Venice might finally ban giant cruise ships from the historic city centre
After years of unsuccessful attempts to limit cruise-ship traffic in Venice's historic city centre, the massive boats may soon be diverted to an alternate port.
Then again, it could be more of the same. On 7 August, in a parliamentary hearing, Italian transport minister Danilo Toninelli reportedly detailed his plan for rerouting the giant cruise liners as early as September – an idea that was quickly shot down by other government representatives.
When it comes to following through with potential solutions to the problem of overtourism at the UNESCO World Heritage site, Italian officials have delayed previous plans. In January, the city of Venice announced that day-trippers would be charged an entry fee, then pushed the start date back to January 2020 in the face of complaints from tourism operators about implementation. And the initial proposal to divert large cruise ships was floated in 2017 under a four-year rollout plan.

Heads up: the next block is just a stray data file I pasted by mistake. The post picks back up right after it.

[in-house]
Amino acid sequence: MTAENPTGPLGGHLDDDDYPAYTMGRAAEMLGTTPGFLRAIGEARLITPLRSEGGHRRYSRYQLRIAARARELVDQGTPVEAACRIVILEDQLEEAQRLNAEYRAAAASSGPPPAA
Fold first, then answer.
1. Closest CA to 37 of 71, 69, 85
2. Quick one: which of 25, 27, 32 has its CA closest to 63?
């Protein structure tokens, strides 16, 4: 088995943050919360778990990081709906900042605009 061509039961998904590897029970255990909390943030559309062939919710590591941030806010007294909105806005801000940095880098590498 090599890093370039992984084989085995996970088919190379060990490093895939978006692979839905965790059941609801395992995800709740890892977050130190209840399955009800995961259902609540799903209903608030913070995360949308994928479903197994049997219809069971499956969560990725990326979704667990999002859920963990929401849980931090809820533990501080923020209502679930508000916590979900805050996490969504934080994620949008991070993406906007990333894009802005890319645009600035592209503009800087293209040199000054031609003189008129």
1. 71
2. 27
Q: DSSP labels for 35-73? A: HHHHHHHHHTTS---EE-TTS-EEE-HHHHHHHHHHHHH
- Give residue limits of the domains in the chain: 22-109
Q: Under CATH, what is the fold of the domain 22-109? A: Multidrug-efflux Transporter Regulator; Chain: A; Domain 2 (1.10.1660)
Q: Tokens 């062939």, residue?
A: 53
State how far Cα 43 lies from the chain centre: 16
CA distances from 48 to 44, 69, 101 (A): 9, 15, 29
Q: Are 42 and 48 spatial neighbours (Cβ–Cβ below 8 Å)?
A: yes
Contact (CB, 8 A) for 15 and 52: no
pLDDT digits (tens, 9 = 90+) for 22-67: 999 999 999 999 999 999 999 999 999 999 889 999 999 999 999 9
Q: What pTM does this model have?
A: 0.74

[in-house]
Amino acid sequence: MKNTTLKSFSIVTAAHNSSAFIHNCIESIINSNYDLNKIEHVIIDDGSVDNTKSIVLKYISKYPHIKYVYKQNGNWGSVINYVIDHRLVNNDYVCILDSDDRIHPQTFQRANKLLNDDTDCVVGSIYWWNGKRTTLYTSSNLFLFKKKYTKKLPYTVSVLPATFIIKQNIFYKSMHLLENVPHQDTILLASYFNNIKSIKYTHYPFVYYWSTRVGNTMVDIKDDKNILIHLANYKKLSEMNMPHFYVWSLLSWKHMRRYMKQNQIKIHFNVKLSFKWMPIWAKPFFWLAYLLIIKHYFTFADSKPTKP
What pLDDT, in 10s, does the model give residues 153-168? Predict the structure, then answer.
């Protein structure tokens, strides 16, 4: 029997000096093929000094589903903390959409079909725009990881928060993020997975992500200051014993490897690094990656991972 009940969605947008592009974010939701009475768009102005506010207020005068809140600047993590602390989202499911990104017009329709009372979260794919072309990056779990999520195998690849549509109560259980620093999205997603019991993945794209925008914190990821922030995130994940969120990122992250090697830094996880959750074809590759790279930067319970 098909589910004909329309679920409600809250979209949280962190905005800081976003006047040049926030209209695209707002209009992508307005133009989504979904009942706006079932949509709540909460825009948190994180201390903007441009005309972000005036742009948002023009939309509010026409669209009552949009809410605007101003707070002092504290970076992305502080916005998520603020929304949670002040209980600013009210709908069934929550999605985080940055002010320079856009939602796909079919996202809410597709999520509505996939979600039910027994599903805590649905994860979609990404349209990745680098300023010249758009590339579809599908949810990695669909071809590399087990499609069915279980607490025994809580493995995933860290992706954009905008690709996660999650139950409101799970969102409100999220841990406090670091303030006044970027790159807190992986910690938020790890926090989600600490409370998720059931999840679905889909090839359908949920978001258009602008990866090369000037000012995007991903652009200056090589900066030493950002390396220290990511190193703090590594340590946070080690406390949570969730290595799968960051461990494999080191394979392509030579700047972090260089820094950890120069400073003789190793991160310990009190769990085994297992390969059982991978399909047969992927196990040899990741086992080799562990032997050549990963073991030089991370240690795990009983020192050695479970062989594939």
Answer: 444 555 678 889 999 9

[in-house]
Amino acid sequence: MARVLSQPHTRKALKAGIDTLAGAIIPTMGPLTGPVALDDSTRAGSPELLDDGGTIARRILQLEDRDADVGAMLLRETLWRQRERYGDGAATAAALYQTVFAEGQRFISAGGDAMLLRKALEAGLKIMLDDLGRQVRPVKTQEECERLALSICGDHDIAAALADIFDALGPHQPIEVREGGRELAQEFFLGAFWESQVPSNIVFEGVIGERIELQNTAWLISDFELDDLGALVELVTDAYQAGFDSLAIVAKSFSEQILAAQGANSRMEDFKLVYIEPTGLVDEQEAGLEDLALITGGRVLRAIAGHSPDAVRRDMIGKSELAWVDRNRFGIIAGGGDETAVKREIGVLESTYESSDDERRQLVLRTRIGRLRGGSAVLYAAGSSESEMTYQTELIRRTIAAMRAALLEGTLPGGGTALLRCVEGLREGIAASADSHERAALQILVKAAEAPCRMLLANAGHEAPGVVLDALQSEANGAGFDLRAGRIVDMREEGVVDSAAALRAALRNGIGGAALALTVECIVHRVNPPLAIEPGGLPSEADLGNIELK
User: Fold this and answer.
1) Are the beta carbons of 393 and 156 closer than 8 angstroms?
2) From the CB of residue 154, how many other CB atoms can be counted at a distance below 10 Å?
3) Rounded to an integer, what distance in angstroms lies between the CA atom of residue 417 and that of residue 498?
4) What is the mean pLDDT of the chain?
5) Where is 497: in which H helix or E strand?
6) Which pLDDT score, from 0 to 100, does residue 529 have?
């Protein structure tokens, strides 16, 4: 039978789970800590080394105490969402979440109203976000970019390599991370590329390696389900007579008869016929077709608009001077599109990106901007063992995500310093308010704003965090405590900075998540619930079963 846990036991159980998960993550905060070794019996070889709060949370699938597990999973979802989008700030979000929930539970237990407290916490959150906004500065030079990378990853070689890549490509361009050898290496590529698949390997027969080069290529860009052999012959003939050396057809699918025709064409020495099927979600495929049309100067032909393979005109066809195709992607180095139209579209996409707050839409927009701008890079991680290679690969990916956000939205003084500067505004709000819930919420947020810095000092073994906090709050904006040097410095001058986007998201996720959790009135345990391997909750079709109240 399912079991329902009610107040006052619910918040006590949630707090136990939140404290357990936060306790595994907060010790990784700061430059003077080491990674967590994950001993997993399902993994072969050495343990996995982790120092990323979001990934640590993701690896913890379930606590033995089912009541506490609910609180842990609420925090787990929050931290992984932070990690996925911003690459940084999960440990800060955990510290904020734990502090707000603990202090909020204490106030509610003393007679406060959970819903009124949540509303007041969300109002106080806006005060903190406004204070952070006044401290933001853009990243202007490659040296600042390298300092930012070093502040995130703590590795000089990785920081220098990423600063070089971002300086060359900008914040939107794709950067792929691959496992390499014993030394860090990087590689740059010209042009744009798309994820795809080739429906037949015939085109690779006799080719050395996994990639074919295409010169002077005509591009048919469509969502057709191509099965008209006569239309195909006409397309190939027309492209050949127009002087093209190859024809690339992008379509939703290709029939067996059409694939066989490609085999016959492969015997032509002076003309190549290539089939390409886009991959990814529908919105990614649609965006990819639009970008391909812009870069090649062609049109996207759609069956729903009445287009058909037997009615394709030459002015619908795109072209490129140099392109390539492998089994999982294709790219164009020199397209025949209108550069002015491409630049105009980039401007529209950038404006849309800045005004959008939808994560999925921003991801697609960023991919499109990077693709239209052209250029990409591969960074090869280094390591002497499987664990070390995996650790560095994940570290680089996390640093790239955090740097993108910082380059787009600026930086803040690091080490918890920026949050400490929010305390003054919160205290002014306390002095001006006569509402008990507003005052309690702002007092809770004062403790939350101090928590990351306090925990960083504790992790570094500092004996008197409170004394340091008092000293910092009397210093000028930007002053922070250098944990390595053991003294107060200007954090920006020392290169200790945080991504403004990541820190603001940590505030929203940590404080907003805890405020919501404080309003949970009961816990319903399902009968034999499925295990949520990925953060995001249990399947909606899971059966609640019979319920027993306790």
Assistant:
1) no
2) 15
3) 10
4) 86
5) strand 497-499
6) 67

In early June, a 13-deck MSC ship collided with a tourist boat docked on the Giudecca Canal, injuring five people and panicking countless others. And just a month later, there was a narrow miss in the Venice port, when another huge boat nearly took out a yacht in the midst of a storm. The events sparked protests city-wide, with many Venetians calling for a total ban on large cruise ships in the lagoon and pressuring the transport ministry to rectify the issue.
Whether Toninelli’s latest proposal will do the trick remains to be seen. Nicola Ussardi, for one, is sceptical. “There’s a lot of chaos surrounding the issue in general,” the No Big Ships activist told the Guardian. “But these are just declarations, nothing official.”